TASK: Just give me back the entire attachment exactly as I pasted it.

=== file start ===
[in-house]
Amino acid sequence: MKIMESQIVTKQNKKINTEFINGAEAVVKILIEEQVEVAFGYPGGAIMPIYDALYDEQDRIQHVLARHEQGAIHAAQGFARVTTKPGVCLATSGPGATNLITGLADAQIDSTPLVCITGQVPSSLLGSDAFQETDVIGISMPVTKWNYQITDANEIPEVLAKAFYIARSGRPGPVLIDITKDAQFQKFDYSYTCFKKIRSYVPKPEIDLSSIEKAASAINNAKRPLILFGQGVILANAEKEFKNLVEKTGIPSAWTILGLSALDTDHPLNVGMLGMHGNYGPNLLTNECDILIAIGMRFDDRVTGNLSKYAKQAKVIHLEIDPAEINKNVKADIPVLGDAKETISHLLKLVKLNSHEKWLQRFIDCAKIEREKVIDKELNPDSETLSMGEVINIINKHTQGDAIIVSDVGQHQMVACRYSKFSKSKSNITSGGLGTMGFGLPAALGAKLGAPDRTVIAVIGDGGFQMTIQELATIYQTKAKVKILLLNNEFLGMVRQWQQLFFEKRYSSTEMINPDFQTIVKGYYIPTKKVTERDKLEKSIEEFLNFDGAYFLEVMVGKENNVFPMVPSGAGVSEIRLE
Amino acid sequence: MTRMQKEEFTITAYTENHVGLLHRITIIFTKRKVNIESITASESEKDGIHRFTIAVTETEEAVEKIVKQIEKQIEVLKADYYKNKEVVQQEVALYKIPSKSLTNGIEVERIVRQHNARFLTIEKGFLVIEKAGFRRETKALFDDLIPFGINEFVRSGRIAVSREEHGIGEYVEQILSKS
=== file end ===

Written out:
[in-house]
Amino acid sequence: MKIMESQIVTKQNKKINTEFINGAEAVVKILIEEQVEVAFGYPGGAIMPIYDALYDEQDRIQHVLARHEQGAIHAAQGFARVTTKPGVCLATSGPGATNLITGLADAQIDSTPLVCITGQVPSSLLGSDAFQETDVIGISMPVTKWNYQITDANEIPEVLAKAFYIARSGRPGPVLIDITKDAQFQKFDYSYTCFKKIRSYVPKPEIDLSSIEKAASAINNAKRPLILFGQGVILANAEKEFKNLVEKTGIPSAWTILGLSALDTDHPLNVGMLGMHGNYGPNLLTNECDILIAIGMRFDDRVTGNLSKYAKQAKVIHLEIDPAEINKNVKADIPVLGDAKETISHLLKLVKLNSHEKWLQRFIDCAKIEREKVIDKELNPDSETLSMGEVINIINKHTQGDAIIVSDVGQHQMVACRYSKFSKSKSNITSGGLGTMGFGLPAALGAKLGAPDRTVIAVIGDGGFQMTIQELATIYQTKAKVKILLLNNEFLGMVRQWQQLFFEKRYSSTEMINPDFQTIVKGYYIPTKKVTERDKLEKSIEEFLNFDGAYFLEVMVGKENNVFPMVPSGAGVSEIRLE
Amino acid sequence: MTRMQKEEFTITAYTENHVGLLHRITIIFTKRKVNIESITASESEKDGIHRFTIAVTETEEAVEKIVKQIEKQIEVLKADYYKNKEVVQQEVALYKIPSKSLTNGIEVERIVRQHNARFLTIEKGFLVIEKAGFRRETKALFDDLIPFGINEFVRSGRIAVSREEHGIGEYVEQILSKS